Ruben (Riz Ahmed) and Lou (Olivia Cooke) may not have it all, but they have enough. Recovering addicts the both of them, they mix the personal and the professional as romantic partners and a two-person metal band, playing small gigs and living out of their surprisingly cozy van. The fact that they’ve found each other seems to have made a significant difference in their previously dangerous lives — they’re compatible in the most positive of ways. But life can be precarious, upturned when you least expect it: within the first thirty minutes of the film Ruben starts to lose his hearing and with it his sense of self. He thinks things can go back to normal if he can just get an implant; we know it’s probably not that easy.
Sound of Metal, to its immense credit, is a much trickier film to get a handle on than that premise might lead you to believe. First-time director Darius Marder is perhaps best known for his part in scripting Derek Cianfrance’s The Place Beyond the Pines (Cianfrance continues the collaborative partnership with a story credit on Metal), and there are similar ambitious thematic narratives on display here. The bulk of the runtime is devoted to Ruben’s time at a sort of community-based halfway house for deaf adults, a place where he can learn to live with what he would consider a disability, but those around him (and indeed, the film itself) see as just another identifying trait — a part of who they are, not an obstacle to overcome.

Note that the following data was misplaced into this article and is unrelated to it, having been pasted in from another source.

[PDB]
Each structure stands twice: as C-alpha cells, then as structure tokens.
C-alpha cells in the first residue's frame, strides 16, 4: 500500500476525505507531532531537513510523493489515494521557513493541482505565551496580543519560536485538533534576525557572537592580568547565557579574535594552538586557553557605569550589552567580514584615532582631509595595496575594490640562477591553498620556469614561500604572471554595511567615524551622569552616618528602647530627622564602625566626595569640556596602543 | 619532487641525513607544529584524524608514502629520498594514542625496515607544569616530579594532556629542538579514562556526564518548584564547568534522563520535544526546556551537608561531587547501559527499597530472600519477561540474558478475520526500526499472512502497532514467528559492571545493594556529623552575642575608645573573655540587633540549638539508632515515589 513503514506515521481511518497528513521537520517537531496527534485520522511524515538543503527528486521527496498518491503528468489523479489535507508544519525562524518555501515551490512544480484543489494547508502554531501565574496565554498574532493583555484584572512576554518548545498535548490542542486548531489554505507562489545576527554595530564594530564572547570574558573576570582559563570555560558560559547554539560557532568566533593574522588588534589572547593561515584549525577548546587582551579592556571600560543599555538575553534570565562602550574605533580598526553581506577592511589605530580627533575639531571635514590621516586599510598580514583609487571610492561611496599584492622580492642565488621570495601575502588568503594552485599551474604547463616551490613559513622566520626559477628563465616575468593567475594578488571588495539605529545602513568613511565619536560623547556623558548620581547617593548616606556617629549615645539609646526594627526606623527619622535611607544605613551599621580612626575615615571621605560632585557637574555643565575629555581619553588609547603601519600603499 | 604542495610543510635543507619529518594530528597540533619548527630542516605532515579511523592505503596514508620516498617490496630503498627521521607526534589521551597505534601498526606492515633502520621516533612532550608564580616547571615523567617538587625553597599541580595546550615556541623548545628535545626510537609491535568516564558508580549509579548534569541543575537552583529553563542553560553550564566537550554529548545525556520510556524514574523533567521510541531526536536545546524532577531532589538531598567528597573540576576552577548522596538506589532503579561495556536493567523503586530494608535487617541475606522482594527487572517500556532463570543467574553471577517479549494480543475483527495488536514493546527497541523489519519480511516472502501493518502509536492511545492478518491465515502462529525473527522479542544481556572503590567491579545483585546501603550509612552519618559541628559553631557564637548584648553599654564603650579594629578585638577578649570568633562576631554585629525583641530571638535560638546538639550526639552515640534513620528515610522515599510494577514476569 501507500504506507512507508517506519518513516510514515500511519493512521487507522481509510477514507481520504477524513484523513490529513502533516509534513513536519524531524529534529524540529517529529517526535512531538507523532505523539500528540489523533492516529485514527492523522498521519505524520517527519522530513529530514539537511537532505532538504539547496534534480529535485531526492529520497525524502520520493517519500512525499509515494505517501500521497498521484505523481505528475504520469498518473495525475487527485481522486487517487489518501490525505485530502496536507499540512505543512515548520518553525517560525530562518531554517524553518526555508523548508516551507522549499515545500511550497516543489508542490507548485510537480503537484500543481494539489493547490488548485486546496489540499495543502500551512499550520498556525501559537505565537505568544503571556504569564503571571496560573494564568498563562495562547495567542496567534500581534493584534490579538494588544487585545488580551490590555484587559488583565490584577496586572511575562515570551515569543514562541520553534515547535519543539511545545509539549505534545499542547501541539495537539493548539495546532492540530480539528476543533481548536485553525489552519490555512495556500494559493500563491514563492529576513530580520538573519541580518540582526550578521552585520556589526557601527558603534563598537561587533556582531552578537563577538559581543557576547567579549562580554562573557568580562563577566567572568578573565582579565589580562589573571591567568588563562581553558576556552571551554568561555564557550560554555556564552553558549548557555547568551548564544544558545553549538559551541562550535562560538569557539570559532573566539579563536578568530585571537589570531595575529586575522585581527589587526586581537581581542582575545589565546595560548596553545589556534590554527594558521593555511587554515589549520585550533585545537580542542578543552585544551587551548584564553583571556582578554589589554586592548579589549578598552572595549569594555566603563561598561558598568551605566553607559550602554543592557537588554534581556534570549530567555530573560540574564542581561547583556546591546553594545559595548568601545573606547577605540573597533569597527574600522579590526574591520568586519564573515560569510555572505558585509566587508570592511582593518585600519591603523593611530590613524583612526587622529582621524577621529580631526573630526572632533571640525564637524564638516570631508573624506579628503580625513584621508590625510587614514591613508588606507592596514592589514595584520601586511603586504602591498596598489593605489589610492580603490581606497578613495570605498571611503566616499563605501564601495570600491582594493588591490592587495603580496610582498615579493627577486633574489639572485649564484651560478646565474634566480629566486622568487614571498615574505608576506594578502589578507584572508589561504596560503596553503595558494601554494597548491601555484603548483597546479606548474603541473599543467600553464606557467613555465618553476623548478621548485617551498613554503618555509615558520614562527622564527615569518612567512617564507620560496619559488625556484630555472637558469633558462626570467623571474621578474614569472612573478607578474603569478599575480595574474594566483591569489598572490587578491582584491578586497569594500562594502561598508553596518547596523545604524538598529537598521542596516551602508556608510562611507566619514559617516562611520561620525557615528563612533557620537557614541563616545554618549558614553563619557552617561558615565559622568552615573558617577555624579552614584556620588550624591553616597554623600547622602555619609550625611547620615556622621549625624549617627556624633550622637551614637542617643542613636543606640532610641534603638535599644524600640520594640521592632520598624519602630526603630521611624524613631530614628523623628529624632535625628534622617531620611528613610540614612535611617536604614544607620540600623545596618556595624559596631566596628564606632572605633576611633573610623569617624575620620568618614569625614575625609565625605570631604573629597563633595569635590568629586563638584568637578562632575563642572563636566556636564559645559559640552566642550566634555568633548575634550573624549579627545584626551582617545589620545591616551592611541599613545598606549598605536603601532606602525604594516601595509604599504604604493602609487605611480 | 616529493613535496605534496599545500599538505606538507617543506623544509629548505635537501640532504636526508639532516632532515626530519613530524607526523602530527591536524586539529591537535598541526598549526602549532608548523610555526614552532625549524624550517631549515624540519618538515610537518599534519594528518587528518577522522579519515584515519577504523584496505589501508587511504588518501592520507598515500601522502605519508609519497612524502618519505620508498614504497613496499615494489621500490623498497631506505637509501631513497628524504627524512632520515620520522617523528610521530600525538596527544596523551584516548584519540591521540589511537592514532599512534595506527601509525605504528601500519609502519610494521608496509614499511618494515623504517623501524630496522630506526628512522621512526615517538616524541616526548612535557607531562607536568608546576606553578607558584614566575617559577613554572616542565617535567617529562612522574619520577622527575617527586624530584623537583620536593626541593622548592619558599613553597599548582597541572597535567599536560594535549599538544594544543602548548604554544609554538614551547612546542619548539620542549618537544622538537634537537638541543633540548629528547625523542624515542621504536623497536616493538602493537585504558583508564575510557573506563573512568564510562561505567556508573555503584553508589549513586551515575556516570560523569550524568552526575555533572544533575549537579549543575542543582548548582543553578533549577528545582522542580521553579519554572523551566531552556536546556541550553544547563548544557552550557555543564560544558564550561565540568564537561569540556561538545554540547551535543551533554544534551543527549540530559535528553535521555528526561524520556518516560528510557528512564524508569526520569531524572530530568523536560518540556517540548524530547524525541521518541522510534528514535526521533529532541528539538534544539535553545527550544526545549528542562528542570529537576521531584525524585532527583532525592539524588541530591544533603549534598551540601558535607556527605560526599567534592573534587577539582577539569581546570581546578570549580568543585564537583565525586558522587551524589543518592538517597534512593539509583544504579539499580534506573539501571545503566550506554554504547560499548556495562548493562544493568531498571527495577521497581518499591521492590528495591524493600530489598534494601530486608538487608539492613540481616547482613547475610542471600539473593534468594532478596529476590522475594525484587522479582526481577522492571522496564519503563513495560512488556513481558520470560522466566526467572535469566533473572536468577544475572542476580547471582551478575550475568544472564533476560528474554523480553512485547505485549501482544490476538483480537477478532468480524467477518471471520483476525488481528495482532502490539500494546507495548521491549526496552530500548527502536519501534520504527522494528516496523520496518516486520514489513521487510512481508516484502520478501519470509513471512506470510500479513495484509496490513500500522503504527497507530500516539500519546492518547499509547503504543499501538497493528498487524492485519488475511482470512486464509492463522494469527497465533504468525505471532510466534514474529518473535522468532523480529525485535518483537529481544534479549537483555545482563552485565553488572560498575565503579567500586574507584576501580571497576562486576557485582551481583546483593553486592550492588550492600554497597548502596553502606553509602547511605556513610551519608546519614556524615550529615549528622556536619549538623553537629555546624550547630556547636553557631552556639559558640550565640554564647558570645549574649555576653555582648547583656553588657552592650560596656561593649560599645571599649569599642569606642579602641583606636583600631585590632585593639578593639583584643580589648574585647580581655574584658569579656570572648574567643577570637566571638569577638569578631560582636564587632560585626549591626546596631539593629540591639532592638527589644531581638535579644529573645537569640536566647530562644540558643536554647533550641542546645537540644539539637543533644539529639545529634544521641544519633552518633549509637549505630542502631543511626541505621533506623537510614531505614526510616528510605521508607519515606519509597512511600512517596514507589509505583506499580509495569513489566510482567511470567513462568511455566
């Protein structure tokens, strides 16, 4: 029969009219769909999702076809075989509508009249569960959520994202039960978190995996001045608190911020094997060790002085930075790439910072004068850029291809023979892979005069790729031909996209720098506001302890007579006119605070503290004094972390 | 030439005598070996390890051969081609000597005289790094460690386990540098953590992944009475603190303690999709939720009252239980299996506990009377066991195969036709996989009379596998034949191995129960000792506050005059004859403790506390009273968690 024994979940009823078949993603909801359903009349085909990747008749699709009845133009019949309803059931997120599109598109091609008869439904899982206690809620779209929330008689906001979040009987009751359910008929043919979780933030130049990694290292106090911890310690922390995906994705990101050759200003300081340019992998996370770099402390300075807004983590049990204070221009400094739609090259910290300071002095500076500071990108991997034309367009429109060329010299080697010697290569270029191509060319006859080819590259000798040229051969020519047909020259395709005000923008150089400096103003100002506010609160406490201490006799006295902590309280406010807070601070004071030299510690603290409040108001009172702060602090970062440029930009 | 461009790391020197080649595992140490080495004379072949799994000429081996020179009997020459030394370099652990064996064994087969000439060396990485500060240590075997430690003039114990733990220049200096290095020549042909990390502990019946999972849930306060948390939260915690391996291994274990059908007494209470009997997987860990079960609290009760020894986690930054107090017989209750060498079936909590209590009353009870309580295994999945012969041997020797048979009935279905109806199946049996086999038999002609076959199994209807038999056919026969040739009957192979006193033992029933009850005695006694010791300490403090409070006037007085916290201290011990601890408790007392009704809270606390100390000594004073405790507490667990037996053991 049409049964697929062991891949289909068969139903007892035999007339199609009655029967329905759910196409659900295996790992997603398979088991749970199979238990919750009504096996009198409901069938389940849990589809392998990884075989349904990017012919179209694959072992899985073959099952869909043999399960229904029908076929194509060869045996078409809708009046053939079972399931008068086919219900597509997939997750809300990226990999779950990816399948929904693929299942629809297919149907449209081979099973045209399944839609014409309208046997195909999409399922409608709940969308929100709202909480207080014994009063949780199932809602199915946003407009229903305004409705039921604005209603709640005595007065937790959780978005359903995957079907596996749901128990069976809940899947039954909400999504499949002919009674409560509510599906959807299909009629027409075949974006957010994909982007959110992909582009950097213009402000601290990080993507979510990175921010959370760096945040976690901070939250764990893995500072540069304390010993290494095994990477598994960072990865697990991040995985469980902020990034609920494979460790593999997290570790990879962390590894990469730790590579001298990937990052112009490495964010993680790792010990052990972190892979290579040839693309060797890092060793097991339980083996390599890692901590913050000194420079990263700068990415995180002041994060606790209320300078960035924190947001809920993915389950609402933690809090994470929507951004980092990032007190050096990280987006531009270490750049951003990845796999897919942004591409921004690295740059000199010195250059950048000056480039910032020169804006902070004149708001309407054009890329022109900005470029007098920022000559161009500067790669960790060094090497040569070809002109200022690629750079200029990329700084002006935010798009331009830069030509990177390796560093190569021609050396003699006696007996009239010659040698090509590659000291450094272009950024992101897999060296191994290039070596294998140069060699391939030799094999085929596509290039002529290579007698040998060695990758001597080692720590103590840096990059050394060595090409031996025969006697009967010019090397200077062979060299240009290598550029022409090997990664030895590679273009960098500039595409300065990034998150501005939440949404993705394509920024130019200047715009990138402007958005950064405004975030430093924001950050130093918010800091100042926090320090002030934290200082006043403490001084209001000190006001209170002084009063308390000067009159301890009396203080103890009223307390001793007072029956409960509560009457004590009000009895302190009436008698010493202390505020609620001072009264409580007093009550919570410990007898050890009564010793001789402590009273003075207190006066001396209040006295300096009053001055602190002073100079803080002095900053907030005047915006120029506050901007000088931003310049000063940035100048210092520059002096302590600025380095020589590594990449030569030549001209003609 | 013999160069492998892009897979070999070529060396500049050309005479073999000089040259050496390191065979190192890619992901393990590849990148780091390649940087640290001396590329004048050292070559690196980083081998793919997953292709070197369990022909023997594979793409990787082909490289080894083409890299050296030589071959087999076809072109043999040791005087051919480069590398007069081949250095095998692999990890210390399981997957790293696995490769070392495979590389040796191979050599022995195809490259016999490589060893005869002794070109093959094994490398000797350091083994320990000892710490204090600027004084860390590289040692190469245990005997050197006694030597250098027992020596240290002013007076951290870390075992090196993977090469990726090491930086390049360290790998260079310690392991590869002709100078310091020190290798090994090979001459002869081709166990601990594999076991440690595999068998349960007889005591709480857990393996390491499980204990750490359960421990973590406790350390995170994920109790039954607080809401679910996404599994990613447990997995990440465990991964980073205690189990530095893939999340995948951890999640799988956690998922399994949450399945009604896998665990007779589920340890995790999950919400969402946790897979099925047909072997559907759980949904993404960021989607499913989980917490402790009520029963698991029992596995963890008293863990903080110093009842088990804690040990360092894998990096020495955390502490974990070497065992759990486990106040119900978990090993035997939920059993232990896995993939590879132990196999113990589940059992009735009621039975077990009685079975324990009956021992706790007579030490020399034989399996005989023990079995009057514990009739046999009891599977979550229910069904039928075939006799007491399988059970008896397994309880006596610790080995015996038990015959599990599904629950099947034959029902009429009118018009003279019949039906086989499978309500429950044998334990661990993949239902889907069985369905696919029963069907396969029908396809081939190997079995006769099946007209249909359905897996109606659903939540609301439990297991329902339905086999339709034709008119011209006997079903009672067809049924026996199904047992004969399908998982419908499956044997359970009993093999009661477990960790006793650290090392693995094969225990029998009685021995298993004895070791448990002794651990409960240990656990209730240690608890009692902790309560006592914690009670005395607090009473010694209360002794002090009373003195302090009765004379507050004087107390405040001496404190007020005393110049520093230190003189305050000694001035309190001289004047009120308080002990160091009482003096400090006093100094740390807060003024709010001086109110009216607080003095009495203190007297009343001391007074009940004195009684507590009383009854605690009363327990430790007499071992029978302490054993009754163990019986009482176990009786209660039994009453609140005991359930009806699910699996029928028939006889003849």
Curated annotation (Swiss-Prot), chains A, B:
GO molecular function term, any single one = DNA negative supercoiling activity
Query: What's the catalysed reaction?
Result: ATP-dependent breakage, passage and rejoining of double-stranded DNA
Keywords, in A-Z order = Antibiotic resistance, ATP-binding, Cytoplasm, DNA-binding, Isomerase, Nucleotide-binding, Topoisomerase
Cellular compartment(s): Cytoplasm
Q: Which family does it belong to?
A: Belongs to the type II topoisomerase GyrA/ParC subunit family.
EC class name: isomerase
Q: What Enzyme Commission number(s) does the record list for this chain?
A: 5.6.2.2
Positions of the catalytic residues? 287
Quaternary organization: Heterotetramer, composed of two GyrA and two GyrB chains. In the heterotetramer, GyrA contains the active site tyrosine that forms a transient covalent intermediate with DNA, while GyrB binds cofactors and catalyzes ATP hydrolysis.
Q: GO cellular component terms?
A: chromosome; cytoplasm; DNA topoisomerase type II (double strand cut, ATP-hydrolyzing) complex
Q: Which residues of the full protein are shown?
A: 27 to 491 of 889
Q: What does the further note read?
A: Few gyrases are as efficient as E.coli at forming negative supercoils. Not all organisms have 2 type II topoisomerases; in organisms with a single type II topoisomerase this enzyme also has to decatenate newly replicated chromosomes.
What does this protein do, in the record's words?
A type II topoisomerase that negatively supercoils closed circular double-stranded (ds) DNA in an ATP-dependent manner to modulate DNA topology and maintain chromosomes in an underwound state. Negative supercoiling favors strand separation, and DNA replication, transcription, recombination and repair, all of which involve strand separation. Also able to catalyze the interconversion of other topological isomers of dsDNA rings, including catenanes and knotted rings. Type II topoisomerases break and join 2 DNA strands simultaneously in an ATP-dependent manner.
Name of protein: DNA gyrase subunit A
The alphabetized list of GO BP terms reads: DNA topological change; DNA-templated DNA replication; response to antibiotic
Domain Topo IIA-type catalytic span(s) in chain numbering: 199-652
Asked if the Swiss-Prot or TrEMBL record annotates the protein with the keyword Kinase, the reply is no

This is the element of Sound of Metal that most surprises and most exemplifies the deft touch Marder has. One might expect a film of this ilk to be overly cloying or — even worse — patronizing, but Marder treats the material matter-of-factly without losing an emotional core or undermining the difficulties Ruben and his compatriots face in re-integrating into a society that still in so many ways looks down with pity (or even contempt) on anyone who doesn’t meet the standard set of criteria. There’s a realism at play, helped by the casting of several actors from the deaf community, and you rarely find yourself questioning either authenticity or intent.
That being said, Metal is ultimately far from predictable, refusing to conform to the tidy structures that have too often defined stories of addiction or trauma in the past. But the film is elevated most of all by (along with the incredible sound design) the work of Riz Ahmed. An actor who is rarely anything less than engaging, Ahmed here is electrifying, laying Ruben’s past and inner self bare without the need for excessive exposition or melodramatic histrionics. Though there are moments where you may question the sensibility of some of the narrative decisions (as well as the length of the film, which at a full 2 hours starts to sag a bit), Ahmed never lets Ruben fall into caricature or unbelievability; it’s a star-making performance for an actor whose profile should already be much larger than it is, and that alone makes Sound of Metal worth seeking out — that it’s such a sure-handed debut in other respects is the icing on the cake.